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Raising Interest Rates: Will the Federal Reserve Get it Right?

With the economy recovered from the Great Recession, the Federal Reserve (the Fed) has focused on returning short-term interest rates to historical norms. So far, things have gone pretty well—but there’s always the potential for the Fed to go too far, too fast, which could hasten another recession.

It’s happened before, notes Kathy Jones, Schwab senior vice president and chief fixed income strategist—although “the central bank’s overreach was apparent only in hindsight.” That’s what makes predicting the outcome of the Fed’s strategy so tricky, Kathy says. How likely is it to overstep? How will we know? Let’s take a look at the Fed’s role and three indicators that could signal where policy is headed.

The Fed’s charge

The Fed sets monetary policy—in other words, it manages the money supply by controlling short-term interest rates and influencing the cost and availability of credit.

The Fed has multiple tools to influence monetary policy, one of which is the federal funds rate—the interest rate at which depository institutions, such as banks and credit unions, lend excess balances to one another on an overnight basis. An increase in the federal funds rate can affect everything from the yield on savings accounts to mortgage rates to the stock market.

How far we’ve come

In response to the Great Recession, the Fed reduced the federal funds rate from 5.25% in September 2007 to a range of 0–0.25% by December 2008. (The Fed also took a number of other measures, such as quantitative easing, to help stimulate the economy.) Gradually, the economy began to recover.

In December 2015, with conditions greatly improved, the Fed began returning to more traditional monetary policy measures that aim to maximize employment, stabilize prices and moderate long-term interest rates. Since then, the Fed has raised the federal funds rate eight times—once in 2015; once in 2016; three times in 2017; and, thus far, three times in 2018—each time a quarter percent. And it has signaled the likelihood of one more rate hike this year, with more to come in 2019.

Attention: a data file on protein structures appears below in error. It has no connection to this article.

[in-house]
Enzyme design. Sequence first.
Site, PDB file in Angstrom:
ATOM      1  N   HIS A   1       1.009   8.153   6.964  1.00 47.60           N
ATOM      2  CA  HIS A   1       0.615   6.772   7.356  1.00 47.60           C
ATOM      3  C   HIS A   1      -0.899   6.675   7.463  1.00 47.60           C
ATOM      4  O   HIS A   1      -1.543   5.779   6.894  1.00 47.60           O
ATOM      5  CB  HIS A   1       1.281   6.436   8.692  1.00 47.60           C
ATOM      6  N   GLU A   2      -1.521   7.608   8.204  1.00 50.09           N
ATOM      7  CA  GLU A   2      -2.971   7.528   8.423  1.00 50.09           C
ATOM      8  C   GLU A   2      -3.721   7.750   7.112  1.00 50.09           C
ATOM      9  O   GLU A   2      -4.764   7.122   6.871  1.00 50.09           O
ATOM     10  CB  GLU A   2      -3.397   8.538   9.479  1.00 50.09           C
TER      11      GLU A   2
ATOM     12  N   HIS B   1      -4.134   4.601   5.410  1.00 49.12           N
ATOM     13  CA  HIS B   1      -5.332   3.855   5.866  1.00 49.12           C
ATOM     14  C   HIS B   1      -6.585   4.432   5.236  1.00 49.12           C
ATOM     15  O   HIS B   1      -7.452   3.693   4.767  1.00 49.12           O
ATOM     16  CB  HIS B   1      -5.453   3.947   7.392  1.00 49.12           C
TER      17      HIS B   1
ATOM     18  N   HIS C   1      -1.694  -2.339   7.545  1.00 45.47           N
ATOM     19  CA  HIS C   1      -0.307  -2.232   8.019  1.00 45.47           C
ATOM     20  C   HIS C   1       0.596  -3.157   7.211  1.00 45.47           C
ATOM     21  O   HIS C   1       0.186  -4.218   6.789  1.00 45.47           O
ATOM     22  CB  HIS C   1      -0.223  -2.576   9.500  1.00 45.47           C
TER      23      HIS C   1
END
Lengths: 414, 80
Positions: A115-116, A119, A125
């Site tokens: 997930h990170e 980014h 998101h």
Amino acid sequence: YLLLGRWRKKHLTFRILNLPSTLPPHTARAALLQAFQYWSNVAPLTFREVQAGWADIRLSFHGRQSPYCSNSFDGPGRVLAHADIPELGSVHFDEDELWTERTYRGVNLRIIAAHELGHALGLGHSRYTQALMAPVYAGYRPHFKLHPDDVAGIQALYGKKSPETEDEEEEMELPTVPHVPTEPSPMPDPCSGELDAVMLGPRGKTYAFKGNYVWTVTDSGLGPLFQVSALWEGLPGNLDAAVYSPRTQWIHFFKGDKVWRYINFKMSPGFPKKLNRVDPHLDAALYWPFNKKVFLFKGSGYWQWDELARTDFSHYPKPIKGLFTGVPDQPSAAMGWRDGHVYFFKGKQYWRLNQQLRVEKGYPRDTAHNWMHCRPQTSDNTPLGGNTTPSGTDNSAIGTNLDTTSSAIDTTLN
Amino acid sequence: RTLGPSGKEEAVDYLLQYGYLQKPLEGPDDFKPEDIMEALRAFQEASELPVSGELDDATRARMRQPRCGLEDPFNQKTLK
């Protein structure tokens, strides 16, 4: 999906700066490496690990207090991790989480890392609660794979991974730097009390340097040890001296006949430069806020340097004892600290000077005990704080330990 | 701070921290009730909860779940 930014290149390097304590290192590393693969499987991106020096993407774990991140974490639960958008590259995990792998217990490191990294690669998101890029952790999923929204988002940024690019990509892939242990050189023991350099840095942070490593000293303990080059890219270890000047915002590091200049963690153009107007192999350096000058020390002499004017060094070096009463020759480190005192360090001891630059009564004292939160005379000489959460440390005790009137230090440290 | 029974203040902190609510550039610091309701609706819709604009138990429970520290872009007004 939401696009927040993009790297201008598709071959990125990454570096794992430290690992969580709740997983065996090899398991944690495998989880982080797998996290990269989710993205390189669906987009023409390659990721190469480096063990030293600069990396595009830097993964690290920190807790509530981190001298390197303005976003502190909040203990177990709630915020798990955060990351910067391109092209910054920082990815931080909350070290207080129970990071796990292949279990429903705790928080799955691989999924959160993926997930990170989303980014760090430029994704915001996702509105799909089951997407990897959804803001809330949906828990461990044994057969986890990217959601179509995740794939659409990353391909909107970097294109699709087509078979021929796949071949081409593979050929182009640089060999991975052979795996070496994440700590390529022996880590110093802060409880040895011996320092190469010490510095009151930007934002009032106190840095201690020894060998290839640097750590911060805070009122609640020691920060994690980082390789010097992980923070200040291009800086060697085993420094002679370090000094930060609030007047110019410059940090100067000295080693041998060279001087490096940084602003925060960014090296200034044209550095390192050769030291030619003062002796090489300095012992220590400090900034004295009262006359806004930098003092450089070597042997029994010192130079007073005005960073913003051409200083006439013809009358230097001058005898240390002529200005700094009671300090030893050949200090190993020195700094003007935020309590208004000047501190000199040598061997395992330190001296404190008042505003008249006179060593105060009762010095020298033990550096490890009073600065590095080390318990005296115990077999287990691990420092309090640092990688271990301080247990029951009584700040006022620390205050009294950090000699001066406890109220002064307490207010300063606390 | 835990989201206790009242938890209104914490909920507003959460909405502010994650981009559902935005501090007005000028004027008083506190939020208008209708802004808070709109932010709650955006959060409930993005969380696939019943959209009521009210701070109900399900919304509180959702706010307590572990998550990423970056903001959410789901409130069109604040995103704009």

Will the Fed go too far, or move too fast? “While it’s nearly impossible to tell in advance—that’s a question Fed policymakers themselves struggle with,” Kathy explains, “there are a few indicators that can help investors gauge whether the Fed is near the end of the cycle or likely to overshoot, and whether it might be time to make portfolio changes to manage potential risk.

  • Market indicator #1: A flattening yield curve
    When the yields on the three-month Treasury bill and the 10-year Treasury bond start to converge, the yield curve is said to be flattening—and that’s happening now. Since December 2015, the difference between short-term and long-term interest rates has narrowed from 2.00% to 0.86%. While the yield on the 10-year bond has risen recently, several more quarter-point rate hikes by the Fed have the potential to raise short-term rates to an equivalent level. Historically, this convergence has signaled a peak in bond yields.
  • Market indicator #2: A decline in inflation expectations
    As the Fed raises rates, borrowing costs rise, economic growth slows, and investors’ expectations for future inflation may soften, too. One way to judge inflation expectations is to compare the yield of a Treasury Inflation-Protected Security (TIPS) with the yield of a comparable-maturity traditional Treasury security. Because TIPS have a provision to increase their coupon payments as inflation rises, they generally offer lower yields than traditional Treasuries, which have fixed interest rates. The difference between the two yields—called the breakeven rate—represents the rate of inflation that investors expect. So far this year, the 10-year breakeven rate has been fairly steady; it currently sits just under its YTD high of 2.18%. If it begins to decline, it could be a signal that bond yields have peaked and that the Fed should be near the end of its tightening cycle.